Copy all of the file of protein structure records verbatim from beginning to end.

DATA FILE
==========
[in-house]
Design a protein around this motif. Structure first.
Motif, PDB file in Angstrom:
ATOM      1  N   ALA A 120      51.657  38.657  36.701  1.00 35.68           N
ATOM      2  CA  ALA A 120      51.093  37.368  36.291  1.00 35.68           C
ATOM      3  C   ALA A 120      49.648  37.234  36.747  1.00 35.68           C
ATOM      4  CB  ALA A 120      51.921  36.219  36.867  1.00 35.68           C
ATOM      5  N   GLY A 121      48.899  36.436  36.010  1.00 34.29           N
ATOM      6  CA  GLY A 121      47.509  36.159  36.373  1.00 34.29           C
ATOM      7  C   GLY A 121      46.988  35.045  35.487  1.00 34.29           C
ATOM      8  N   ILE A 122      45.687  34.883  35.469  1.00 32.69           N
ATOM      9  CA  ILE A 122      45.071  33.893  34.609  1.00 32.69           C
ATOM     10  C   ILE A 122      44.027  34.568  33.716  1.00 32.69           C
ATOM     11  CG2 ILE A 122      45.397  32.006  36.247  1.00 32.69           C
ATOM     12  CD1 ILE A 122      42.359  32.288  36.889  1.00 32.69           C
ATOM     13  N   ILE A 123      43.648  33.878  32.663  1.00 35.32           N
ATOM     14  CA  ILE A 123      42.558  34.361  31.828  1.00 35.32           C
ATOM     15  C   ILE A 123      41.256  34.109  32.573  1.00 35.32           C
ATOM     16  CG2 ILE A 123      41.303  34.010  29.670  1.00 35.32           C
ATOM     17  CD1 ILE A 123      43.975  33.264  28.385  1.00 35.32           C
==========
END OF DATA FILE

[in-house]
Design a protein around this motif. Structure first.
Motif, PDB file in Angstrom:
ATOM      1  N   ALA A 120      51.657  38.657  36.701  1.00 35.68           N
ATOM      2  CA  ALA A 120      51.093  37.368  36.291  1.00 35.68           C
ATOM      3  C   ALA A 120      49.648  37.234  36.747  1.00 35.68           C
ATOM      4  CB  ALA A 120      51.921  36.219  36.867  1.00 35.68           C
ATOM      5  N   GLY A 121      48.899  36.436  36.010  1.00 34.29           N
ATOM      6  CA  GLY A 121      47.509  36.159  36.373  1.00 34.29           C
ATOM      7  C   GLY A 121      46.988  35.045  35.487  1.00 34.29           C
ATOM      8  N   ILE A 122      45.687  34.883  35.469  1.00 32.69           N
ATOM      9  CA  ILE A 122      45.071  33.893  34.609  1.00 32.69           C
ATOM     10  C   ILE A 122      44.027  34.568  33.716  1.00 32.69           C
ATOM     11  CG2 ILE A 122      45.397  32.006  36.247  1.00 32.69           C
ATOM     12  CD1 ILE A 122      42.359  32.288  36.889  1.00 32.69           C
ATOM     13  N   ILE A 123      43.648  33.878  32.663  1.00 35.32           N
ATOM     14  CA  ILE A 123      42.558  34.361  31.828  1.00 35.32           C
ATOM     15  C   ILE A 123      41.256  34.109  32.573  1.00 35.32           C
ATOM     16  CG2 ILE A 123      41.303  34.010  29.670  1.00 35.32           C
ATOM     17  CD1 ILE A 123      43.975  33.264  28.385  1.00 35.32           C